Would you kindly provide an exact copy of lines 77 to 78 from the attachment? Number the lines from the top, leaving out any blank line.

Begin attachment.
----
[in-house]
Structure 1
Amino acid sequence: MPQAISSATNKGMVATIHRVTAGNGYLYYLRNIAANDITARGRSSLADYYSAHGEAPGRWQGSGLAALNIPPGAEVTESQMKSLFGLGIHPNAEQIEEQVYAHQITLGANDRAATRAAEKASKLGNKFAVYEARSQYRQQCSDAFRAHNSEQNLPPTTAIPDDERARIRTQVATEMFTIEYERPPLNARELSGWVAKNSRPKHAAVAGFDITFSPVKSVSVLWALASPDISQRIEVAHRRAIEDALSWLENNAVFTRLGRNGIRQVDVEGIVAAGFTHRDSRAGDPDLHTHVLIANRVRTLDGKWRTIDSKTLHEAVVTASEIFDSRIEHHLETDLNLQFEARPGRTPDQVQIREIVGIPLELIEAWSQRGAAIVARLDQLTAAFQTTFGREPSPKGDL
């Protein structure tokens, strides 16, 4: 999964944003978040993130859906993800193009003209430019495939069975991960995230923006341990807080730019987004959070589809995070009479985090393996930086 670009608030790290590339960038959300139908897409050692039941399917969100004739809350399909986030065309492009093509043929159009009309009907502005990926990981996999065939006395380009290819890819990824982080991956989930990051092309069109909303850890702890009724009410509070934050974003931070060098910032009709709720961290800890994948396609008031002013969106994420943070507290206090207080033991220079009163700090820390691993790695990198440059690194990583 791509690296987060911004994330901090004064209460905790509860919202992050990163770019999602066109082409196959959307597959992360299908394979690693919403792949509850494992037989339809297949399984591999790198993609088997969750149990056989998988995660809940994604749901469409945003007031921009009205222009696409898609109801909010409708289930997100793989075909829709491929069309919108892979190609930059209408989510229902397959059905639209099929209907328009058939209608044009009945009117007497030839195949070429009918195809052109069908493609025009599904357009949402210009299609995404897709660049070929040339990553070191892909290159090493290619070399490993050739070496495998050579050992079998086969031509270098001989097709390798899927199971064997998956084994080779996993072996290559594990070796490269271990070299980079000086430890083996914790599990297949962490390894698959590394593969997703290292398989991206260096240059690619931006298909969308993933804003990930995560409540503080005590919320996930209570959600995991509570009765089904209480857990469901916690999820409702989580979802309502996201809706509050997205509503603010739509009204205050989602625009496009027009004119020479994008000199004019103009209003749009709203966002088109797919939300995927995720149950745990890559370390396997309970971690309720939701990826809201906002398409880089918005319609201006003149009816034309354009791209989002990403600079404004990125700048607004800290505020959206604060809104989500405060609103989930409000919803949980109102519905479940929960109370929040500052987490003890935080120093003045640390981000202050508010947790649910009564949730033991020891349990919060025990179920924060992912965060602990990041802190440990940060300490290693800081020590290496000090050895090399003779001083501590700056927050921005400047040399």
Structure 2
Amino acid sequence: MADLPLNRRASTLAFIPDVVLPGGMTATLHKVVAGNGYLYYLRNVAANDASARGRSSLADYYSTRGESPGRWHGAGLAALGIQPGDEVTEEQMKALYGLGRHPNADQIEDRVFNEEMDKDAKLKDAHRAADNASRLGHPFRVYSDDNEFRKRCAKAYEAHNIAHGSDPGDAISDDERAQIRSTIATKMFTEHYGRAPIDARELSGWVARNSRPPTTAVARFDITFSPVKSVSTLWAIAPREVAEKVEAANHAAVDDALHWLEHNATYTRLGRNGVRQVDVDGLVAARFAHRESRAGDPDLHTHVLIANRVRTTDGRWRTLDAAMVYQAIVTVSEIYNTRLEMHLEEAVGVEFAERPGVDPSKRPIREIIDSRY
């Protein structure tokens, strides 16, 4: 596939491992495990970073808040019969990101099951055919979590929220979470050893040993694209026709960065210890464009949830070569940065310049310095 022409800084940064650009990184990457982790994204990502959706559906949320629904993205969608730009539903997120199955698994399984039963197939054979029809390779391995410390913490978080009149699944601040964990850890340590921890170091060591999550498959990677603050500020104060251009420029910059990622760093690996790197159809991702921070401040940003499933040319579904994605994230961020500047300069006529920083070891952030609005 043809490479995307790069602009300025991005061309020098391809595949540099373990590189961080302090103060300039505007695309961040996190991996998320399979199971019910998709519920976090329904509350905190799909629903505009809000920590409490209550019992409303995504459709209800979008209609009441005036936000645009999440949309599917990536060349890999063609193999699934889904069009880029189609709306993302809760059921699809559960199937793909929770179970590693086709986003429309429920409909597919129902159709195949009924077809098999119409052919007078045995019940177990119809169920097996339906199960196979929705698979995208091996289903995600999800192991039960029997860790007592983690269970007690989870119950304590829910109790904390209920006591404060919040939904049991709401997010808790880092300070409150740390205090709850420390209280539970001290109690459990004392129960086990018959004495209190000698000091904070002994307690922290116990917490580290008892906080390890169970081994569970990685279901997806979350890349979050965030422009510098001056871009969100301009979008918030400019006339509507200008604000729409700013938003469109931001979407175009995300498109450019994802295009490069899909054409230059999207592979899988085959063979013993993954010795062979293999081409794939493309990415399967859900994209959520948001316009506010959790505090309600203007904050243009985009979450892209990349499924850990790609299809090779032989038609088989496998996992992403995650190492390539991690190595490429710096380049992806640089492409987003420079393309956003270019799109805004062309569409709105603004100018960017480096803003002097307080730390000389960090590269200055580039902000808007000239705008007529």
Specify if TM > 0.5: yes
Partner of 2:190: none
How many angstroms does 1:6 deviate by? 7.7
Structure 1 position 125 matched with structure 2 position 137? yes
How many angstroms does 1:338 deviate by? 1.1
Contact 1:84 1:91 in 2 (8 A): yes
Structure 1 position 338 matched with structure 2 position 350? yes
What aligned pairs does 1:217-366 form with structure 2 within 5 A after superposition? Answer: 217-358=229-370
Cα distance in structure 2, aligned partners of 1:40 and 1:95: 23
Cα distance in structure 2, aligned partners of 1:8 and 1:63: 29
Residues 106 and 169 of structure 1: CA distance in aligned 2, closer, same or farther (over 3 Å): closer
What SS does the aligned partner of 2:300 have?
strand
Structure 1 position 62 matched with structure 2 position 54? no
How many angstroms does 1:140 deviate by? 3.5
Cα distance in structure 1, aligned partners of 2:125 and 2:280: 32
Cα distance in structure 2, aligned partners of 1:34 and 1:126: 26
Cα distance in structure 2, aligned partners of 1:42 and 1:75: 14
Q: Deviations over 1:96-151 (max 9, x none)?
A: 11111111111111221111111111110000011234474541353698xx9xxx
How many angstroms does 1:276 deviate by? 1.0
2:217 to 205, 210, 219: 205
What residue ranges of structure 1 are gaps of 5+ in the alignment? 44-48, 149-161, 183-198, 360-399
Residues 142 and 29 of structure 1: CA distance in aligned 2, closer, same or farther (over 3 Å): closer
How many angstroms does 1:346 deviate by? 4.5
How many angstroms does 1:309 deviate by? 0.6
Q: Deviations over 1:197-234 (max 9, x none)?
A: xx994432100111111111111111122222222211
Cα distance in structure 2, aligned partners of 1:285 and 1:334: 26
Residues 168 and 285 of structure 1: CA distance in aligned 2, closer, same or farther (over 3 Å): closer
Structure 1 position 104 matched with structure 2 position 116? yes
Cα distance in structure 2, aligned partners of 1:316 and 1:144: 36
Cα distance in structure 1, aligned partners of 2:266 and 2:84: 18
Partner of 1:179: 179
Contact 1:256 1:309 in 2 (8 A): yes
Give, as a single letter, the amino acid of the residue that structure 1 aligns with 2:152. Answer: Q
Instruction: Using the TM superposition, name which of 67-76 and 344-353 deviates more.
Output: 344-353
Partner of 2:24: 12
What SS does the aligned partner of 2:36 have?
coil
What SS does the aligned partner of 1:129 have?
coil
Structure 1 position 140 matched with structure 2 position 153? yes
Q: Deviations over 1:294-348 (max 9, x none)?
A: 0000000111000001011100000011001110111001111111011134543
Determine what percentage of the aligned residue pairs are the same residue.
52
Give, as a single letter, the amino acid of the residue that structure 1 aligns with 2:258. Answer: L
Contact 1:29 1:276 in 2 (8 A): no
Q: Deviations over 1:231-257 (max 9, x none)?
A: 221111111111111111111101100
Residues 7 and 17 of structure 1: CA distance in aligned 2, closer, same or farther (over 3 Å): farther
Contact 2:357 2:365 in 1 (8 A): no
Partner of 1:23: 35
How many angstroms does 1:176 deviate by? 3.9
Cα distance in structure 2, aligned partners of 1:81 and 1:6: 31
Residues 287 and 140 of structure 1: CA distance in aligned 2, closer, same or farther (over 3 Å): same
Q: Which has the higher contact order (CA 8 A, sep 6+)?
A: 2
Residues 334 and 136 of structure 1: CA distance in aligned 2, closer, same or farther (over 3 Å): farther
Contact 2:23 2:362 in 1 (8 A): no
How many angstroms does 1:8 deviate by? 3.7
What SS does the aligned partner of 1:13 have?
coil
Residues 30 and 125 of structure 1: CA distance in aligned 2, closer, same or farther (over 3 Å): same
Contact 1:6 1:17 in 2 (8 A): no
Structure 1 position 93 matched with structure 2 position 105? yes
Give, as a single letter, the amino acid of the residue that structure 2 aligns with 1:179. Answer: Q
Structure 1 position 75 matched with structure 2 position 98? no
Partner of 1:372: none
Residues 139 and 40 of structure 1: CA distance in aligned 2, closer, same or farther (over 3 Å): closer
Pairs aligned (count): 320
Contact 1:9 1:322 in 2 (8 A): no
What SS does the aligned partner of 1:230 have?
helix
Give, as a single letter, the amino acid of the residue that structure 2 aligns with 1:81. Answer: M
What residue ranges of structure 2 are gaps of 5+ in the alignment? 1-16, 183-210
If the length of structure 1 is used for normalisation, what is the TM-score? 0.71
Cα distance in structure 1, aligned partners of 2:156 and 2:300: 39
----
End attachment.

Structure 1 position 75 matched with structure 2 position 98? no
Partner of 1:372: none